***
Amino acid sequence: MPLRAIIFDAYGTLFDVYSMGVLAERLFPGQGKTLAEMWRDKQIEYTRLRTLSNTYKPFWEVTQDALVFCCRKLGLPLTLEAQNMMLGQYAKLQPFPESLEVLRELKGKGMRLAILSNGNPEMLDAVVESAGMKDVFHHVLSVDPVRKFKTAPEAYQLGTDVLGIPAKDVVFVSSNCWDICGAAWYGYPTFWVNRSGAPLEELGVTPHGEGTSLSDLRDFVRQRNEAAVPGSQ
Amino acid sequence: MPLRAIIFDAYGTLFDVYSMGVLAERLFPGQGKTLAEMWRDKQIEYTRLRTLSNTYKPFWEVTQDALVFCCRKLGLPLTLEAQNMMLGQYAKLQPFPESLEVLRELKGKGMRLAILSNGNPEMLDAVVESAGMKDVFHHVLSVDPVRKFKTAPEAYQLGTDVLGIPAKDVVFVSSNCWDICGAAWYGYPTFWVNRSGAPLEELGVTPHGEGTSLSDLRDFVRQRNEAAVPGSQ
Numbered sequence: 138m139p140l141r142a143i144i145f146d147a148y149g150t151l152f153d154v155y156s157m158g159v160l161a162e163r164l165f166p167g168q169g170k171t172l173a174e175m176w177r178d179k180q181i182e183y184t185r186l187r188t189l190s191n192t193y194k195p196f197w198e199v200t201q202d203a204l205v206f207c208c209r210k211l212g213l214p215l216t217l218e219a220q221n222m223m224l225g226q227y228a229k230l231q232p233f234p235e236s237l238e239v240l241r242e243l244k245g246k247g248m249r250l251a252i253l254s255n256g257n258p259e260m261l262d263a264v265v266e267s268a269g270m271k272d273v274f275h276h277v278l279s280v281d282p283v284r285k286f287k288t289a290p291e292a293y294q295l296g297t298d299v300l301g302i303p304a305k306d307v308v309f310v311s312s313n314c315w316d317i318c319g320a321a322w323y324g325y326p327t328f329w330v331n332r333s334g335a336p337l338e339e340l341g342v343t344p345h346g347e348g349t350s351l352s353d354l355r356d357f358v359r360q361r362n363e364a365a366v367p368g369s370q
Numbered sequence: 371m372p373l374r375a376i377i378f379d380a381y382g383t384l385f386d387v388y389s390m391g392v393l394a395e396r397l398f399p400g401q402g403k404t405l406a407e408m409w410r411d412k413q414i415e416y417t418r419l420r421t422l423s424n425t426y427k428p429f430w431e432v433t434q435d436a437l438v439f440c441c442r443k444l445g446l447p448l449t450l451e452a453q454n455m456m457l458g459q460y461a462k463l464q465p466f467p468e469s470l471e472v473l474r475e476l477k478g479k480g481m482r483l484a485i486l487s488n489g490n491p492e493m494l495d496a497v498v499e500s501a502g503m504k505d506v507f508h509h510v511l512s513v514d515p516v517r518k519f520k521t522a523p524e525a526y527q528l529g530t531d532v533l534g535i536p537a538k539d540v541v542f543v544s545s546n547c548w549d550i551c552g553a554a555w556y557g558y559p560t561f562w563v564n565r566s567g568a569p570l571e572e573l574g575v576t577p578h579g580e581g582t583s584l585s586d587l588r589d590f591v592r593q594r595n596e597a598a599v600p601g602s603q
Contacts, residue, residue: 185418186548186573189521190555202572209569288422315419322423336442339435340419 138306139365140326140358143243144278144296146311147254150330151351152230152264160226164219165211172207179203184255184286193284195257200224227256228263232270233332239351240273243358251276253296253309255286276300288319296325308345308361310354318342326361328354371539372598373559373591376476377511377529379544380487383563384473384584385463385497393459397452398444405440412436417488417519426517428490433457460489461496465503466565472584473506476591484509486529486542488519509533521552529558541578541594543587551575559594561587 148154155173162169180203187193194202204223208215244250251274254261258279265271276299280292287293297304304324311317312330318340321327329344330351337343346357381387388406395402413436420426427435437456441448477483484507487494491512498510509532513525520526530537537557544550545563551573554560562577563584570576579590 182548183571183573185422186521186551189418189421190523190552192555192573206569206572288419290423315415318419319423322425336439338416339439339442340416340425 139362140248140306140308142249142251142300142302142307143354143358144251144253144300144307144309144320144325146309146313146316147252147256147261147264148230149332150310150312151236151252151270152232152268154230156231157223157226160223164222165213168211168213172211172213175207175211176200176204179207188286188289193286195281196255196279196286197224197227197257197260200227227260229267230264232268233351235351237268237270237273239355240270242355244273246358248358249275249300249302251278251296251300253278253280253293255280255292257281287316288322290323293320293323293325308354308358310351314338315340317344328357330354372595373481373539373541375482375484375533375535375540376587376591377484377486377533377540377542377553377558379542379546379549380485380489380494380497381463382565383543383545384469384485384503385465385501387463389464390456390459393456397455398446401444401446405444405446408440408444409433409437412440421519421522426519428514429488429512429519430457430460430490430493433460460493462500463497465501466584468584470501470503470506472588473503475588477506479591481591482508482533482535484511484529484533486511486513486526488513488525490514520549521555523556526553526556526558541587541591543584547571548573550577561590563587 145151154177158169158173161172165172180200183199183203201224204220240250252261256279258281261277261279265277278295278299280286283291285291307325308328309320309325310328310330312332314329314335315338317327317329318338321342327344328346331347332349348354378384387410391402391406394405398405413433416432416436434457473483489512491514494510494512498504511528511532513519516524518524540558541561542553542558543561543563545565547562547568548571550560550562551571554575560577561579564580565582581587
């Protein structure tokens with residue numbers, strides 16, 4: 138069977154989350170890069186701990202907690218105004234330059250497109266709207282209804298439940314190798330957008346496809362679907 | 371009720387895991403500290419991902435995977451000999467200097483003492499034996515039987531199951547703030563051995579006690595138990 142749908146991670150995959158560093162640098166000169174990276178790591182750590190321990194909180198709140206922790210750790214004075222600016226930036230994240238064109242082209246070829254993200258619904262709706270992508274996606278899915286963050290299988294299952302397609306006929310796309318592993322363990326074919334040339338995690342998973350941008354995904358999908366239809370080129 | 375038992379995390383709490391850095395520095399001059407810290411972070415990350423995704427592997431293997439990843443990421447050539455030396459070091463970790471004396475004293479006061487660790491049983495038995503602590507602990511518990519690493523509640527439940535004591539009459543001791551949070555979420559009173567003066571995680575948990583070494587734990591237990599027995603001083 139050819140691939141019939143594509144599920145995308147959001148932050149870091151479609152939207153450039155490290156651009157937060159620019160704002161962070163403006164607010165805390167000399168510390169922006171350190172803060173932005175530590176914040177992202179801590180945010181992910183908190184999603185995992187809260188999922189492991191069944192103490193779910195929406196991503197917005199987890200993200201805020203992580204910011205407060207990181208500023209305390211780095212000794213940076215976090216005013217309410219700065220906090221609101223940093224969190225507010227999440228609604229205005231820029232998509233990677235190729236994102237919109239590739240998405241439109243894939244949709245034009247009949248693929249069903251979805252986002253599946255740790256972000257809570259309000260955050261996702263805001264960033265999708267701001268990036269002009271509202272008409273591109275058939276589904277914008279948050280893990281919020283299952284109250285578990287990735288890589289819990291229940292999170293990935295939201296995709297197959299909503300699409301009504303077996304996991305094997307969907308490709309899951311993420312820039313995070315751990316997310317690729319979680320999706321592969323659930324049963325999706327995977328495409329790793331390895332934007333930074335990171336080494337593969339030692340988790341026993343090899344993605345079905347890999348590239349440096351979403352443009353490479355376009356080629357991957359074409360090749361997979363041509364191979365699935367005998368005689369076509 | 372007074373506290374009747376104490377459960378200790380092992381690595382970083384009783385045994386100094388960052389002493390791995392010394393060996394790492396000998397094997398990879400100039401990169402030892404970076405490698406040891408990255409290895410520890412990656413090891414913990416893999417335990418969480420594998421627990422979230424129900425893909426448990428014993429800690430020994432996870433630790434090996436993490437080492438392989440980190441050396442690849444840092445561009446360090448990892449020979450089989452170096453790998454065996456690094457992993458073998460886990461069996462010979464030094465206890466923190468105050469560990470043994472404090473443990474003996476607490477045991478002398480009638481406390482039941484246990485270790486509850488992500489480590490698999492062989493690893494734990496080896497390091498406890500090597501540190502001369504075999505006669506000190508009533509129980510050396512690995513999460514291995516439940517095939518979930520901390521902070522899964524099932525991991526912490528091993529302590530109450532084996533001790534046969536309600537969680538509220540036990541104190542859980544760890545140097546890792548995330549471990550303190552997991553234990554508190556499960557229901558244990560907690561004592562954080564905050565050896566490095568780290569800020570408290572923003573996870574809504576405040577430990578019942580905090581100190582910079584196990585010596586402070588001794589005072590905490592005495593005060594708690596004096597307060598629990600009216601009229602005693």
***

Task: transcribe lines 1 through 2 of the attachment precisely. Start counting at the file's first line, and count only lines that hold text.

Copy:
Amino acid sequence: MPLRAIIFDAYGTLFDVYSMGVLAERLFPGQGKTLAEMWRDKQIEYTRLRTLSNTYKPFWEVTQDALVFCCRKLGLPLTLEAQNMMLGQYAKLQPFPESLEVLRELKGKGMRLAILSNGNPEMLDAVVESAGMKDVFHHVLSVDPVRKFKTAPEAYQLGTDVLGIPAKDVVFVSSNCWDICGAAWYGYPTFWVNRSGAPLEELGVTPHGEGTSLSDLRDFVRQRNEAAVPGSQ
Amino acid sequence: MPLRAIIFDAYGTLFDVYSMGVLAERLFPGQGKTLAEMWRDKQIEYTRLRTLSNTYKPFWEVTQDALVFCCRKLGLPLTLEAQNMMLGQYAKLQPFPESLEVLRELKGKGMRLAILSNGNPEMLDAVVESAGMKDVFHHVLSVDPVRKFKTAPEAYQLGTDVLGIPAKDVVFVSSNCWDICGAAWYGYPTFWVNRSGAPLEELGVTPHGEGTSLSDLRDFVRQRNEAAVPGSQ